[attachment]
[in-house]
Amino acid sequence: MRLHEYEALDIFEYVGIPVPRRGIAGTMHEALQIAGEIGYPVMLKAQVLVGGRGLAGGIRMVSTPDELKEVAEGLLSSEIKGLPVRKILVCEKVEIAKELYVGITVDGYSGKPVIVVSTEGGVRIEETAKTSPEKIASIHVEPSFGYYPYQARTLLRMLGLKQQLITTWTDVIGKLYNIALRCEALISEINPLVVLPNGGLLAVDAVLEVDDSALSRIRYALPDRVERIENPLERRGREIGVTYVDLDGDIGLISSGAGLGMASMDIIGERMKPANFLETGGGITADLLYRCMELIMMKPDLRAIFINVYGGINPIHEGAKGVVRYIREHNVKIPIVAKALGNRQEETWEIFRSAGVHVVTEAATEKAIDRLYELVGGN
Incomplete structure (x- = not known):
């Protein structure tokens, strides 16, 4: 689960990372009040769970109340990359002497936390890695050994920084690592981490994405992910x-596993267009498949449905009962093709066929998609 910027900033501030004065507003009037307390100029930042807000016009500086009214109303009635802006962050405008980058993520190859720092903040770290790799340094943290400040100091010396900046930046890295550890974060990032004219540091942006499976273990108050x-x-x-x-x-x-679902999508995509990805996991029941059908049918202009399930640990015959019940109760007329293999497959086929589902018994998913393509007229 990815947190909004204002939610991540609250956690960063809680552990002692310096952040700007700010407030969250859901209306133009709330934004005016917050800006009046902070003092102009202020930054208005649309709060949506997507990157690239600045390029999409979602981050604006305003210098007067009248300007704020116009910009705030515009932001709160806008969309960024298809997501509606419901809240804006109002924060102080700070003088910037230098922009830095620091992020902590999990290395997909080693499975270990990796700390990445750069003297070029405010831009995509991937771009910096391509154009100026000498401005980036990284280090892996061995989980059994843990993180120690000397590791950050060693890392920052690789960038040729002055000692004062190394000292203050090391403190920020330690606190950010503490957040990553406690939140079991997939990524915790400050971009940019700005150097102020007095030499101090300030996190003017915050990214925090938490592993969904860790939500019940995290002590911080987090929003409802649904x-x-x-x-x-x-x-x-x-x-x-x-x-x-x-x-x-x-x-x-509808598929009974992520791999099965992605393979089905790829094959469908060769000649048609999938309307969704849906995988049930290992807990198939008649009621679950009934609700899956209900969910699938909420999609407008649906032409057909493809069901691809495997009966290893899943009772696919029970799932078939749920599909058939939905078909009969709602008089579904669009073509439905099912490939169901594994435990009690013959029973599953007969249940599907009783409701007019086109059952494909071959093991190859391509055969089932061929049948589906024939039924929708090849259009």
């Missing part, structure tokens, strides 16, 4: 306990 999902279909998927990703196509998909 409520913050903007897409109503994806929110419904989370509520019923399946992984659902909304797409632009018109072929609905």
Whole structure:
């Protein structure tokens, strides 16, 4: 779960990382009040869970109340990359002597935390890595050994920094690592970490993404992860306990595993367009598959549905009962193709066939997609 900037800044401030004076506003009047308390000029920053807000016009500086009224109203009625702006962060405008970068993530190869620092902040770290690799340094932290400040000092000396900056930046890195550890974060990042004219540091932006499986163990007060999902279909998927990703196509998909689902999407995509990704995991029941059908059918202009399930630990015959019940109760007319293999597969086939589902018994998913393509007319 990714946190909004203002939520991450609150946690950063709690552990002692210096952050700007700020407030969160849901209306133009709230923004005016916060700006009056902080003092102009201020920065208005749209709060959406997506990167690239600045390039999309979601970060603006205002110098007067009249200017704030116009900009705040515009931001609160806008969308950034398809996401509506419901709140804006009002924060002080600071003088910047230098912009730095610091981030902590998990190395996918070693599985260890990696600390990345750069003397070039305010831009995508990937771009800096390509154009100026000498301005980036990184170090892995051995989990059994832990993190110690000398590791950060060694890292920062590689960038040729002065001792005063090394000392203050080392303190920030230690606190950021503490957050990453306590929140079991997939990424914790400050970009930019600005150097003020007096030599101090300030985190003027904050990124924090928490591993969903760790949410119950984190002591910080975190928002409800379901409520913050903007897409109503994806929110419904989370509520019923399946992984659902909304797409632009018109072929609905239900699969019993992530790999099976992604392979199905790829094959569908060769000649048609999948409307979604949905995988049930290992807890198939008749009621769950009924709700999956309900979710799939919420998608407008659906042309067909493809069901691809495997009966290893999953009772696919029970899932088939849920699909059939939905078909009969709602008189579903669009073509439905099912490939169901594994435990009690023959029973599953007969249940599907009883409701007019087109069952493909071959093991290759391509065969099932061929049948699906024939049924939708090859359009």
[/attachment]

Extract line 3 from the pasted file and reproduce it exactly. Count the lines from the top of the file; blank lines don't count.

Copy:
Incomplete structure (x- = not known):